"The French, meanwhile, were shocked by the attitude of some American soldiers, who seemed to think that when it came to young French women "everything can be bought". After an evening's drinking, they would knock on farmhouse doors asking if there was a "mademoiselle" for them. Supposedly useful gambits were also provided in daily French lessons published by the US Armed Forces publication Stars and Stripes, including the phrase for "My wife doesn't understand me."

Americans and British saw liberated Paris not just as a symbol of Europe's freedom from Nazi oppression, but as a playground for their amusement. "As we neared the city we were seized by a wild sort of excitement," wrote Pogue. "We began to giggle, to sing, yell and otherwise show exuberance." But when Pogue reached Paris, he was shaken to find that American military authorities had taken over the Petit Palais and erected a large sign announcing the distribution of free condoms to US troops. In Pigalle, rapidly dubbed "Pig Alley" by GIs, French prostitutes were coping with more than 10,000 men a day. The French were also deeply shocked to see US soldiers lying drunk on the pavements of the Place Vendôme. The contrast with off-duty German troops, who had been forbidden even to smoke in the street, could hardly have been greater."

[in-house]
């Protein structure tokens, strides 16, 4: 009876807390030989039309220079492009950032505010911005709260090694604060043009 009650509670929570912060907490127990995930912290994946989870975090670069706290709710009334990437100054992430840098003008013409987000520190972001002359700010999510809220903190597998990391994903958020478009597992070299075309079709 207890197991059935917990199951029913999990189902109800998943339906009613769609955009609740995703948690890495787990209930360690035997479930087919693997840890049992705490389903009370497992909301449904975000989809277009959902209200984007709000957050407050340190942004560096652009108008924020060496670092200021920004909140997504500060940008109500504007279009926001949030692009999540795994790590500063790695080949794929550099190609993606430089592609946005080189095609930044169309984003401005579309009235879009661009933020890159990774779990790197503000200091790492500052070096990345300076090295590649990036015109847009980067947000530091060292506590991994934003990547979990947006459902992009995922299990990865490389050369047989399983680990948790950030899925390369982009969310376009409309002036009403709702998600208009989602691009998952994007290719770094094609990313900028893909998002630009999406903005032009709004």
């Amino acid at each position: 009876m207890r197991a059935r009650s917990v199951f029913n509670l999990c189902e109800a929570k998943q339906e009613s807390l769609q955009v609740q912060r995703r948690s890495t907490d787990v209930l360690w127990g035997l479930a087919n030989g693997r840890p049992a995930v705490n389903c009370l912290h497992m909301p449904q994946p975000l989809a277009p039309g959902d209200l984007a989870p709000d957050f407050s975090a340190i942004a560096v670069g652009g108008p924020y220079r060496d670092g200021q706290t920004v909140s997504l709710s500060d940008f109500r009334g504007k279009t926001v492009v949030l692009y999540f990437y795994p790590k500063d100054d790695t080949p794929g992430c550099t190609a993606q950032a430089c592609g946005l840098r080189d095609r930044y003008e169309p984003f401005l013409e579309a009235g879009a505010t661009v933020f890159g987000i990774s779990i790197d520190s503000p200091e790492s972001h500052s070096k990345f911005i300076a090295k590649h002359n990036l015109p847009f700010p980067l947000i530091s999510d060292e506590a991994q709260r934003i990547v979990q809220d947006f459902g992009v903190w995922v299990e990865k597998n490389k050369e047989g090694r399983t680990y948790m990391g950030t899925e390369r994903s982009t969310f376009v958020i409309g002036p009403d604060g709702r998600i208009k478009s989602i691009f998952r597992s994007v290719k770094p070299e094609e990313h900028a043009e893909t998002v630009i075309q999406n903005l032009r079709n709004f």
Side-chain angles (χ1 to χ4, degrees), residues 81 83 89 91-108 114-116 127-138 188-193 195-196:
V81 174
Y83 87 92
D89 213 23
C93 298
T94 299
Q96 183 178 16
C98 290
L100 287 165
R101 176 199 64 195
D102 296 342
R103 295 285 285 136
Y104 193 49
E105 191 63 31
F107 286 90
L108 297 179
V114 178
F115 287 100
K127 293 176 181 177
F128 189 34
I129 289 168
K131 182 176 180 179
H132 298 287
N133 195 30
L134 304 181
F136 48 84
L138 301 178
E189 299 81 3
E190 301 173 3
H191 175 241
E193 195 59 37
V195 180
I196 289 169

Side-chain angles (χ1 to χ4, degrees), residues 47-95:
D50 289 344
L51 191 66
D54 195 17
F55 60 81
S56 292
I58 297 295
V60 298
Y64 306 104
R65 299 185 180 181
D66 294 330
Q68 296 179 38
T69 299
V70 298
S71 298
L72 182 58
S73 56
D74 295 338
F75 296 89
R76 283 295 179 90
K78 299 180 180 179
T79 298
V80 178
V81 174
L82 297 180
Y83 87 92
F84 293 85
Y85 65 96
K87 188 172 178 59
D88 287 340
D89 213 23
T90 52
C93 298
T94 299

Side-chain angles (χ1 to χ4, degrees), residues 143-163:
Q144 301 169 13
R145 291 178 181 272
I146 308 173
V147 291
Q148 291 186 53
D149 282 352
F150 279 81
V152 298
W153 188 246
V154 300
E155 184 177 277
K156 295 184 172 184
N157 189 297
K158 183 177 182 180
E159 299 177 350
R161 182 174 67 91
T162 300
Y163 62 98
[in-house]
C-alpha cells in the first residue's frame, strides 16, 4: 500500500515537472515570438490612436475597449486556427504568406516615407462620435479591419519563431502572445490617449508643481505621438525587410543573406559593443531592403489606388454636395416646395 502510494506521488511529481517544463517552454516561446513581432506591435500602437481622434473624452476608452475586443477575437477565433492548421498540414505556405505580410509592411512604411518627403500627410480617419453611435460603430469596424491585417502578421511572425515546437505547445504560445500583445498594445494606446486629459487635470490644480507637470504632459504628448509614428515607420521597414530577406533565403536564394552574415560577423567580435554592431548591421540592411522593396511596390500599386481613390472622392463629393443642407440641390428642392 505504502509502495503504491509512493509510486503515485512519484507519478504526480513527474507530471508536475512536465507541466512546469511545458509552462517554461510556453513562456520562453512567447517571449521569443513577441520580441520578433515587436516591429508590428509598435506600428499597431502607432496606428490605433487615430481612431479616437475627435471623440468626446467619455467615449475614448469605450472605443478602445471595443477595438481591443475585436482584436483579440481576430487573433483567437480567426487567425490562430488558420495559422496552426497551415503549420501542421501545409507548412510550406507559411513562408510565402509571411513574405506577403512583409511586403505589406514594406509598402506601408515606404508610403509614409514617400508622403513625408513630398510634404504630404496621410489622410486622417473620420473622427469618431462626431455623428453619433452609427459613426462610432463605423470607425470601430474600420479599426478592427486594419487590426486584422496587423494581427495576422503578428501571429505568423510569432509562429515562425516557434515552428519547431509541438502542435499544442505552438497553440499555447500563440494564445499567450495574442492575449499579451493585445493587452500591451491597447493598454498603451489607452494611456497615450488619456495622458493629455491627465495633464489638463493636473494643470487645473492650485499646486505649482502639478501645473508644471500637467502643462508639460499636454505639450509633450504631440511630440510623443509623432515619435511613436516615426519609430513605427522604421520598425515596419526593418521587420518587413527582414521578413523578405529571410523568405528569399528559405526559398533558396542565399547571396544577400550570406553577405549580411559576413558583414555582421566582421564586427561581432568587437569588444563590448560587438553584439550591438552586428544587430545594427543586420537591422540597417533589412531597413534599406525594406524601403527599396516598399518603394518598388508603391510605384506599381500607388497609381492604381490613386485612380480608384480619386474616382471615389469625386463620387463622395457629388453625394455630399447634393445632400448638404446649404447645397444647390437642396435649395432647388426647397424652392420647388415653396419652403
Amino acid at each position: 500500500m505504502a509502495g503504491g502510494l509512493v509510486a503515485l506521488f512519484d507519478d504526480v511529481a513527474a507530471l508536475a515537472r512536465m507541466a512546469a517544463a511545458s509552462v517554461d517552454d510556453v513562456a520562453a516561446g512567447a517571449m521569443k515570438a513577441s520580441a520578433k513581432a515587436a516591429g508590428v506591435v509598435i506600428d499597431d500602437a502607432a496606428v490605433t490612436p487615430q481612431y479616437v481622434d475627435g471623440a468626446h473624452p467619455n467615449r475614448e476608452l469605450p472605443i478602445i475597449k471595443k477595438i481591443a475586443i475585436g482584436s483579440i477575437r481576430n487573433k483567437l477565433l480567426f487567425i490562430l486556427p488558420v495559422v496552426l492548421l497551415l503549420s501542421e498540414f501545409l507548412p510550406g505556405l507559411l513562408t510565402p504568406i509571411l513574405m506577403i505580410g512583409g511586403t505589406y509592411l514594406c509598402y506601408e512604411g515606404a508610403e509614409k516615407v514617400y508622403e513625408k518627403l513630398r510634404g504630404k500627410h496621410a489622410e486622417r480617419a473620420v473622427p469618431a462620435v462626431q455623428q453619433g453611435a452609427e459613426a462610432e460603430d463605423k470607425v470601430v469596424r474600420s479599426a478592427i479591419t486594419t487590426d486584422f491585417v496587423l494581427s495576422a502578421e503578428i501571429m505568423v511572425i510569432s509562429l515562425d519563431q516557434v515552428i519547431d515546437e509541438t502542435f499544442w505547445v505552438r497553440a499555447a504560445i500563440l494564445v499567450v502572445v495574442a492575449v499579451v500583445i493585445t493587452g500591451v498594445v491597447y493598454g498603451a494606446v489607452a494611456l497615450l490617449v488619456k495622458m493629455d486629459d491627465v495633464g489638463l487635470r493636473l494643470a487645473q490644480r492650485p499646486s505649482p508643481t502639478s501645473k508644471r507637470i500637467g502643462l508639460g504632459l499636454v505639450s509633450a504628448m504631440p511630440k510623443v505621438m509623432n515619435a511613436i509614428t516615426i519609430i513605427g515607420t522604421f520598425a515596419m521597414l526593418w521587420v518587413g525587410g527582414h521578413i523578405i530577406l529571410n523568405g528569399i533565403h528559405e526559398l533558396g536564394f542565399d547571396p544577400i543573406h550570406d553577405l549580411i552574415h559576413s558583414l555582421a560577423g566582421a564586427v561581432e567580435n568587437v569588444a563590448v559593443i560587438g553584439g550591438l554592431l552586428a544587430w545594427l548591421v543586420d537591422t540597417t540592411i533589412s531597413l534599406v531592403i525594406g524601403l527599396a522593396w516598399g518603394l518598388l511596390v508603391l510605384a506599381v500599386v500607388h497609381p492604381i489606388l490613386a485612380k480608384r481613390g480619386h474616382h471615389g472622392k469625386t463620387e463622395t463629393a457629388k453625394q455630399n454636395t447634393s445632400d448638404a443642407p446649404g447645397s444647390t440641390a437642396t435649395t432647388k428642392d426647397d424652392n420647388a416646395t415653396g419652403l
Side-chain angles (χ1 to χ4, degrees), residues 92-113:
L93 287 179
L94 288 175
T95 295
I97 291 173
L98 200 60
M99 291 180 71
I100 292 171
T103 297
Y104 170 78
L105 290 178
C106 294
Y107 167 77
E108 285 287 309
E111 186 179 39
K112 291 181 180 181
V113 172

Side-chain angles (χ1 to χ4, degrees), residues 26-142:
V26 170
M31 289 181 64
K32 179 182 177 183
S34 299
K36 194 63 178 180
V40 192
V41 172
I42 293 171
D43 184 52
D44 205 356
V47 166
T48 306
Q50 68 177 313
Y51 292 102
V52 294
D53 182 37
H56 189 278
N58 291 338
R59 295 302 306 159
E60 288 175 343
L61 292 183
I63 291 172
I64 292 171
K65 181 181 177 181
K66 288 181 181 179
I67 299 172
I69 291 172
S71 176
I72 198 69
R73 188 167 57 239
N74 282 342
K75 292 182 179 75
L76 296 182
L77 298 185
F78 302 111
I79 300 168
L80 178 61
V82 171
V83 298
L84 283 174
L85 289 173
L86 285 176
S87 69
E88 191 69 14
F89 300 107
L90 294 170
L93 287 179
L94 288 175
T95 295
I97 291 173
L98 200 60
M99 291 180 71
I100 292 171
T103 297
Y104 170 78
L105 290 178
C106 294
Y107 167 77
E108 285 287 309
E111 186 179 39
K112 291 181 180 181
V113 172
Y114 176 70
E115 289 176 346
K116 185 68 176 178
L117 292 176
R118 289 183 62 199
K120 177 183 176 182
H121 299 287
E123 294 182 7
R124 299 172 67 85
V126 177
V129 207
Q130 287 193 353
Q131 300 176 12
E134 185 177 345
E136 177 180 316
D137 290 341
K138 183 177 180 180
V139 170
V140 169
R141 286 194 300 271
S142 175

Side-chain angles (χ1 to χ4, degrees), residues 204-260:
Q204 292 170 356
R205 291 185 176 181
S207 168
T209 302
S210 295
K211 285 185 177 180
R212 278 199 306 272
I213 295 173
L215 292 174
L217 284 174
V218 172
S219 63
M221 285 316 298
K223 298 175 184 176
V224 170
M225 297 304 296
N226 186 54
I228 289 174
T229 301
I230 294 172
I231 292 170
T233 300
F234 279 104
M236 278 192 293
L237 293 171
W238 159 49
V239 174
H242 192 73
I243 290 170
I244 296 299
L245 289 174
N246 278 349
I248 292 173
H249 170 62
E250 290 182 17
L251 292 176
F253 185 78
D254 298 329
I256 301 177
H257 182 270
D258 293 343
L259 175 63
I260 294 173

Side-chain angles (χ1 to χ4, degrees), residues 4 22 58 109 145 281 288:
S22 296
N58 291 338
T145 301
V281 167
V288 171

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Type: Discussion • Score: 4 • Views: 2,950 • Replies: 37

 
joefromchicago
 
  0  
Reply Fri 5 Jun, 2009 02:26 pm
@contrex,
contrex wrote:
In Pigalle, rapidly dubbed "Pig Alley" by GIs, French prostitutes were coping with more than 10,000 men a day.

USA! USA!
ebrown p
 
  1  
Reply Fri 5 Jun, 2009 02:35 pm
@joefromchicago,
"Coping with...".

It is an odd thing for a business to complain about needing to "cope with" customers.
0 Replies
 
panzade
 
  1  
Reply Fri 5 Jun, 2009 02:36 pm
@contrex,
où étaient les poilus?
0 Replies
 
Setanta
 
  1  
Reply Fri 5 Jun, 2009 02:44 pm
Il n'y en avait plus . . .
0 Replies